Stranger Things: Could Mellieha's mysterious cave complex shed light on a lost way of life?
All images by Melanie Drury
Mellieha is troglodyte country, or, at least, it was, once upon a time. Indeed, this northernmost locality of Malta is well known for its many caves, many of which are known to have been inhabited, until recently, since neolithic times.
Most famous of these is L-Ghar u Casa, a term stemming from both Arabic and Italian meaning ‘the cave and home’. Interestingly, in the Maltese language, Gharukaza eventually came to mean 'disgrace', perhaps pointing at the disparaging attitudes towards those that still lived in caves as recently as a couple of centuries or so ago.
Nonetheless, set inside the cliff face across from the Parish and Our Lady of the Grotto, the yellow facade of L-Ghar u Casa proudly stands testimony to another era that knew completely different lifestyles in Malta. While the noble lived in palaces, many people still dwelled in caves until the British Colonial Government forced them into neighbouring villages in the 1830s.
The set up of the cave dwellers at L-Ghar il-Kbir - the big cave - at Dingli is well-recorded in history; contrary to what one might think, it was a matter of choice rather than necessity. What is far less known is anything about one very intriguing complex of Mellieha caves that’s on the edge of Triq il-Wied, which was certainly inhabited by a rather well-developed community for a while.
From Triq il-Wied facing across the valley, the cave entrances catch your eye. With my typical wanting to explore every hole in the wall, the first thing I did when I moved to Mellieha was explore these caves. What I found was marvellous.
A series of caves and rock-cut spaces are spread all around the cliff face overlooking the valley and Mellieha Bay. One particular space has a stone staircase and a rock-cut facade that makes it look like something out of the Lord of the Rings.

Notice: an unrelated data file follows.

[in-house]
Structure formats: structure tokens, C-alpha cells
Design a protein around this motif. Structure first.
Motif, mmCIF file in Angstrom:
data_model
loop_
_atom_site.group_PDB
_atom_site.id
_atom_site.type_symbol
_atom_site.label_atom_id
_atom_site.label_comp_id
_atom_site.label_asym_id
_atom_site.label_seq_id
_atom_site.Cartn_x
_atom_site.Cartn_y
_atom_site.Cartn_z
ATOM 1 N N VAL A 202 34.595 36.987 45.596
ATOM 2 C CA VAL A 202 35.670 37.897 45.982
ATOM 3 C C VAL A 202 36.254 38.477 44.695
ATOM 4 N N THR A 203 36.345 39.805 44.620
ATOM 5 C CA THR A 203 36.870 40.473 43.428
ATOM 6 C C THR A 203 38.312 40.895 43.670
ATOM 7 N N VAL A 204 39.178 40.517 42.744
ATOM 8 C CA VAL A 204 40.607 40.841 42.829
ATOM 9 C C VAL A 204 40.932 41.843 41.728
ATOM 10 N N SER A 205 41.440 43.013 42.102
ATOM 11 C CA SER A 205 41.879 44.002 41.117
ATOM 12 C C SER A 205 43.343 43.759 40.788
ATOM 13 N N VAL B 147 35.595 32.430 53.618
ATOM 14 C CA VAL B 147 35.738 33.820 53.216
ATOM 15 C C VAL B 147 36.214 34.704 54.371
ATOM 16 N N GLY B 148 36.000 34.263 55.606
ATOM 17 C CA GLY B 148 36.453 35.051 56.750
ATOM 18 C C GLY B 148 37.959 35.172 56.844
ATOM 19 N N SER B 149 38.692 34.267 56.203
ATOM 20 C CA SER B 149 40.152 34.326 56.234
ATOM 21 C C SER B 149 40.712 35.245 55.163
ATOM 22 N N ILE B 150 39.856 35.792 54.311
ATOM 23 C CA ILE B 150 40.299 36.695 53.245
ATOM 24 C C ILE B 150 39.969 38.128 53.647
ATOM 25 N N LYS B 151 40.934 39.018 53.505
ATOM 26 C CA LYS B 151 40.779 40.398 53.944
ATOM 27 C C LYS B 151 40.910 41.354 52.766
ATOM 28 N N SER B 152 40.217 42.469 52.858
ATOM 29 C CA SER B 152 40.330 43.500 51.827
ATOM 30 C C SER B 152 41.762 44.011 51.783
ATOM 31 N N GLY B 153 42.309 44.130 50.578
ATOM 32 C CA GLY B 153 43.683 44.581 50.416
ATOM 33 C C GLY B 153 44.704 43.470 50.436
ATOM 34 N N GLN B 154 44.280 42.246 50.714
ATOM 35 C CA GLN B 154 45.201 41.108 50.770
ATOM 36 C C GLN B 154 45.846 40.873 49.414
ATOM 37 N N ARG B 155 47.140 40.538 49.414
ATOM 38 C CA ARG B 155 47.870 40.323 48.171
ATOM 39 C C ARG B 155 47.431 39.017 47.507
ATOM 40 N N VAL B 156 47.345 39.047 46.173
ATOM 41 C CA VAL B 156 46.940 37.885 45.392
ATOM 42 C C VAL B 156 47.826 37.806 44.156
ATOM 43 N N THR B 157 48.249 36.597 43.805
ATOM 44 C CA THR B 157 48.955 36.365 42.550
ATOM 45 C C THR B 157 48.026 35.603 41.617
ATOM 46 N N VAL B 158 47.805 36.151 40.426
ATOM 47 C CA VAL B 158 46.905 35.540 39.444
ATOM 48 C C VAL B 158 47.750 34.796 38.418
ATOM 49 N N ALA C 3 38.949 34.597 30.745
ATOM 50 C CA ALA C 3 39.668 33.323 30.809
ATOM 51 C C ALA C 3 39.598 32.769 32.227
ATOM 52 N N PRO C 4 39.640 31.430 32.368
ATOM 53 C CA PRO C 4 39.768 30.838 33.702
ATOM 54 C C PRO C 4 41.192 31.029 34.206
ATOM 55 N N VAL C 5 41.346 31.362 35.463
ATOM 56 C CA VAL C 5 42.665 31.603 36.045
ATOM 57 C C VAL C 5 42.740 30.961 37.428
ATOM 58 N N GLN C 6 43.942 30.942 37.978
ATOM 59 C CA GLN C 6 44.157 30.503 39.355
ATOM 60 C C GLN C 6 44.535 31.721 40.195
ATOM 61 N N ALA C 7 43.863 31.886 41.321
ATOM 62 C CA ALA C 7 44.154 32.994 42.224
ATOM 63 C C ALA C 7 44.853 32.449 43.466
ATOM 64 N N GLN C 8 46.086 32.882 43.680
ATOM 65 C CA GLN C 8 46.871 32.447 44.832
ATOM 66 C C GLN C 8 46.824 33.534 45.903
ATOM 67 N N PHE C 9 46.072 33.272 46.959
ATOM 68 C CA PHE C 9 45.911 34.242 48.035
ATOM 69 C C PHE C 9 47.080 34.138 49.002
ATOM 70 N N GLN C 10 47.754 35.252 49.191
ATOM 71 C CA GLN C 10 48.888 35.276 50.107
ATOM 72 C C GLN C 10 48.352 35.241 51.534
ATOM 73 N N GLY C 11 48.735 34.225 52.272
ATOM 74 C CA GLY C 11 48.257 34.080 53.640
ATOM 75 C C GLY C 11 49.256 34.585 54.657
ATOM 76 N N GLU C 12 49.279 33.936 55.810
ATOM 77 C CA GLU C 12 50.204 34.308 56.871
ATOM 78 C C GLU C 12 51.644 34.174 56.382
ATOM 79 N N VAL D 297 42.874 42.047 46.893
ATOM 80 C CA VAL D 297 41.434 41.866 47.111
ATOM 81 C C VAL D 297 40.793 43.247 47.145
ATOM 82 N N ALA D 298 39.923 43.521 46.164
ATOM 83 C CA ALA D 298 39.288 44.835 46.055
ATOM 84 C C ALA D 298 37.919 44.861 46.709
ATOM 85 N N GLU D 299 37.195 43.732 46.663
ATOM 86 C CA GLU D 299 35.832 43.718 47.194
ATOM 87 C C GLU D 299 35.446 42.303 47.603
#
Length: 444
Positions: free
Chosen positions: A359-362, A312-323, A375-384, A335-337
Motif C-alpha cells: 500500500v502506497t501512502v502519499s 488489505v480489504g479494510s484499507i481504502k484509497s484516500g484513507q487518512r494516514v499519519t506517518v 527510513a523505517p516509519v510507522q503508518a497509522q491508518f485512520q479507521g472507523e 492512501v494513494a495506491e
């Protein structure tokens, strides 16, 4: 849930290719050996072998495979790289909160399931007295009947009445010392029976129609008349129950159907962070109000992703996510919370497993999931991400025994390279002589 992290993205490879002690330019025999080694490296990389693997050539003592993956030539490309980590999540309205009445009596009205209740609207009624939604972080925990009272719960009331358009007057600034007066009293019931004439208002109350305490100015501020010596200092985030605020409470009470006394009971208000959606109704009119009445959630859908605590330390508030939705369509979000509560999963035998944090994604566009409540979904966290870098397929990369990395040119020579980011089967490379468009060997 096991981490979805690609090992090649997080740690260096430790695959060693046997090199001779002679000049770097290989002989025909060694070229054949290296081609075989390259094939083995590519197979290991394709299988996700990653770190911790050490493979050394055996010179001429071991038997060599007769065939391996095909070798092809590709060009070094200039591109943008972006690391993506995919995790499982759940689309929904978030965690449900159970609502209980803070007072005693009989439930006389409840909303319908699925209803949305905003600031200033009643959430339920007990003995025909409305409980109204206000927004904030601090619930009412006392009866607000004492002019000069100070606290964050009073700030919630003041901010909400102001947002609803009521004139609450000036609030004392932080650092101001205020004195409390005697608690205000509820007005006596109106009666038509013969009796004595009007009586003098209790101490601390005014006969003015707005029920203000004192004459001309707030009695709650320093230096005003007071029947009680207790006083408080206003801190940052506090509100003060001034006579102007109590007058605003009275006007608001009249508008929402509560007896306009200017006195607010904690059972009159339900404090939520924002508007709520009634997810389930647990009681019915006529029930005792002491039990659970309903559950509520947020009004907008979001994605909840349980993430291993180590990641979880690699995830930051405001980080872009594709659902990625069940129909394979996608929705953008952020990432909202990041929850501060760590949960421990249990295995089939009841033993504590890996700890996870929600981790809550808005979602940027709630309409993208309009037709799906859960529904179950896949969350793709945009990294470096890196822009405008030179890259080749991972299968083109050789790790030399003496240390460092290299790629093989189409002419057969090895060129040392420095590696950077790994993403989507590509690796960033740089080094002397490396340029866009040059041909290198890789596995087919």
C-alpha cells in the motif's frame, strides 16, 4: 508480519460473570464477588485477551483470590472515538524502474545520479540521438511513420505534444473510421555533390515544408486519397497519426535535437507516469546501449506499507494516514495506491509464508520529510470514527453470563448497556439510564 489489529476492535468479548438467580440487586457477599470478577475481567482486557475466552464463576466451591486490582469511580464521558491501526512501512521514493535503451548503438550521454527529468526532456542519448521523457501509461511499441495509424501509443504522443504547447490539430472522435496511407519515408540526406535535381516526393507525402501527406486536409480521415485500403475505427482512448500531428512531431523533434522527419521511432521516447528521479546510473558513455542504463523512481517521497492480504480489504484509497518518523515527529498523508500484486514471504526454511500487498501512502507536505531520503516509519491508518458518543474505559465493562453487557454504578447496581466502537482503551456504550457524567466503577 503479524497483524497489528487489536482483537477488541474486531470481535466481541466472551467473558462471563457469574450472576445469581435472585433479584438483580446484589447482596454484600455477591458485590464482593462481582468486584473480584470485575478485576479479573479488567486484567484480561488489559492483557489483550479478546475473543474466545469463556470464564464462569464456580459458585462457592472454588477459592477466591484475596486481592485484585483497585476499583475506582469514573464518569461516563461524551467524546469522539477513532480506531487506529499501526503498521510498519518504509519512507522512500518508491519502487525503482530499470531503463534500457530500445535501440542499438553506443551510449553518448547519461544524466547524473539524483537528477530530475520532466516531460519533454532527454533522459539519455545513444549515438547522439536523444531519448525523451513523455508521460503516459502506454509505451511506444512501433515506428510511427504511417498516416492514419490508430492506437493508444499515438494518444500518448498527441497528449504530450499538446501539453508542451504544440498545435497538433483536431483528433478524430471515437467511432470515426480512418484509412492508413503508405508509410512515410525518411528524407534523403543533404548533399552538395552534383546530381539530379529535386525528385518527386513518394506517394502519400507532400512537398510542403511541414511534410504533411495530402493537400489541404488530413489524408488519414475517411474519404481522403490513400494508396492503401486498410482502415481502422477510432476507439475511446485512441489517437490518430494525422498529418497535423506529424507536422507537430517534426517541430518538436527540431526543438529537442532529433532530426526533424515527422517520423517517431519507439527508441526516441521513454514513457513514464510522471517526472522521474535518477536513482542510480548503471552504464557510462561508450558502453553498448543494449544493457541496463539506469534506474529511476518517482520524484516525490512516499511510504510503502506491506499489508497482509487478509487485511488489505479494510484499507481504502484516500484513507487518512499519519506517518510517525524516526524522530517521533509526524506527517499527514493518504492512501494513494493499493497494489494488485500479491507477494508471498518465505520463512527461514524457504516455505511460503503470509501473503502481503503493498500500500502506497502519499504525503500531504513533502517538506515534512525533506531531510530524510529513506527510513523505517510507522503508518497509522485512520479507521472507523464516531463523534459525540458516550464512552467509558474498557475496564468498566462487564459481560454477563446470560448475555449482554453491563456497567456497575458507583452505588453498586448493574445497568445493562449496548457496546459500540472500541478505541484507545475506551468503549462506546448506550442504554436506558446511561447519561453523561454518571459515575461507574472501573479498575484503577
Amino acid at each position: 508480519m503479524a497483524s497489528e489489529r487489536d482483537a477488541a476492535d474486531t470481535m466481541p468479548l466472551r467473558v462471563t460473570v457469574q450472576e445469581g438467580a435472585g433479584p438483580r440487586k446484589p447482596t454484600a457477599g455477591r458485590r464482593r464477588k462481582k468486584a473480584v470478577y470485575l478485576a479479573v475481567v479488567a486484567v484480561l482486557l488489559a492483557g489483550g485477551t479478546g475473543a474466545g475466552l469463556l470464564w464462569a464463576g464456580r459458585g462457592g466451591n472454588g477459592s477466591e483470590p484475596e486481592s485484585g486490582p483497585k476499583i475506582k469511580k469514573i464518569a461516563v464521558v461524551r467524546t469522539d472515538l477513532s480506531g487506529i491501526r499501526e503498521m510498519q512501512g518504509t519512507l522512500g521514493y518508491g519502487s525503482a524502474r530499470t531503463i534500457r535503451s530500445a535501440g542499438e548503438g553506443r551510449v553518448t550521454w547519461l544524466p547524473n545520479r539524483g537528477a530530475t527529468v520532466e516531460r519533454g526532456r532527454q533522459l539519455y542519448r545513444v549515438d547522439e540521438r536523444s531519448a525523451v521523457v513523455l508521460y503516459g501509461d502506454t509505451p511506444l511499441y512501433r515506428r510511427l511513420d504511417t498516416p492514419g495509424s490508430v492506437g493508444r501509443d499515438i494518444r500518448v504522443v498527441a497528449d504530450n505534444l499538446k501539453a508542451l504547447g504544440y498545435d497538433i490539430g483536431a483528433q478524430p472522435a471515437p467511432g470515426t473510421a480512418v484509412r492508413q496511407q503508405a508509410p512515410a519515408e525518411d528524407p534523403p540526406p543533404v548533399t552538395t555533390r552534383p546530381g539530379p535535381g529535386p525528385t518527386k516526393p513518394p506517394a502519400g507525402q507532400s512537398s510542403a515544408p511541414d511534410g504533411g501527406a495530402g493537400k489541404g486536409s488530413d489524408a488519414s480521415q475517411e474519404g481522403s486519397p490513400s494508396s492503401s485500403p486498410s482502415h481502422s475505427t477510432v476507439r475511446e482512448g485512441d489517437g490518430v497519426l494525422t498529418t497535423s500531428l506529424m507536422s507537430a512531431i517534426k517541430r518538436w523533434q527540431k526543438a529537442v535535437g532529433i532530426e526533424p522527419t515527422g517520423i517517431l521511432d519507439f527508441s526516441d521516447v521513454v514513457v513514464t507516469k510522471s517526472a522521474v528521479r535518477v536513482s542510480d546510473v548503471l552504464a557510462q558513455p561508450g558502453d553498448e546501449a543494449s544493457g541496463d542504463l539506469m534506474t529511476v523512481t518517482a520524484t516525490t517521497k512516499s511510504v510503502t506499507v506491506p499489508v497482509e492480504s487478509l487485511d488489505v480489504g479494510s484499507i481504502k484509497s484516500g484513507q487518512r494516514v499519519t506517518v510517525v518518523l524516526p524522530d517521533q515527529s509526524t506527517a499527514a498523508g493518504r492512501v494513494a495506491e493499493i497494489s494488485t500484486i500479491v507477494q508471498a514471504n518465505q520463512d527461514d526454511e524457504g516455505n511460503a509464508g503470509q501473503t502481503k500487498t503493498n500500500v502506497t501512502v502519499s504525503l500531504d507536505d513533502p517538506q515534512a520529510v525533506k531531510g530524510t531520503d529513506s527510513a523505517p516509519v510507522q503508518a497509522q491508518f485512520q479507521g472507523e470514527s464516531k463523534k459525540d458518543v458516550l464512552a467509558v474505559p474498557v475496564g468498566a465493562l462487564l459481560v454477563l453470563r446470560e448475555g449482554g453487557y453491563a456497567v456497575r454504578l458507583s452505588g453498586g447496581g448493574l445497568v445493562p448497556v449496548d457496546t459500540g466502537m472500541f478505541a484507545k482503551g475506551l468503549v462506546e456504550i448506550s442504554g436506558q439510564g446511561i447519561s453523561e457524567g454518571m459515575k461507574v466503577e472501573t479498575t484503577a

The facade feels important, and even has notches in the rock, which I could only imagine were for lighting it up with small fire torches.
On the far side, a large window is cut out, showcasing a full view of the bay. These guys sure knew how to appreciate a good view! Whether there was any defence concern is uncertain, since the actual period when it was made is not quite known. If this was a neolithic site, it could well be before seafaring was even a thing.
Beneath, some large caves still bear soot remnants. No doubt these were meeting spaces for the community around a fire, for cooking, dining and social gatherings. Intentionally rock cut sky-lights probably served to let out the smoke and let in the sunlight.
Some of the caves are easy to reach, but the area is so overgrown and falling apart that others are largely inaccessible but for some deft manoeuvers. It feels rather a shame to let this site get swallowed up by nature - it should be celebrated as national heritage not unlike the megalithic temples!
All around, smaller rock cut rooms with clever S-shaped entrances would have kept out any draughts. These rooms look like they would only be used for sleeping, their tiny size retaining the body heat of the two or three persons that could lie there in slumber. I'm just speculating, of course, but it makes sense...
I’ve visited and revisited these caves but have never been able to find any information about them online. I haven’t even been able to discover their name, if they have one. What is sure is that they have existed for a very, very long time. The weathering on the rock has not occurred in just a few centuries, more like millennia.
I contacted the Mellieha Local Council in a bid to obtain any available information about the caves. However, Mayor John Francis Buttigieg informed that the council does not have any information about them.
What emerged, however, is that author Jeffrey Sammut has been researching and collecting information about these caves for an article in his book: Mellieha Through the Tides of Time Volume II, due to be published this February.
Due to the rather exclusive content of the article, the author was not keen to share any of the information prior to the book’s publication, but we can certainly look forward to finally learning what he has discovered about these amazing yet mysterious caves - a forgotten piece of Maltese heritage!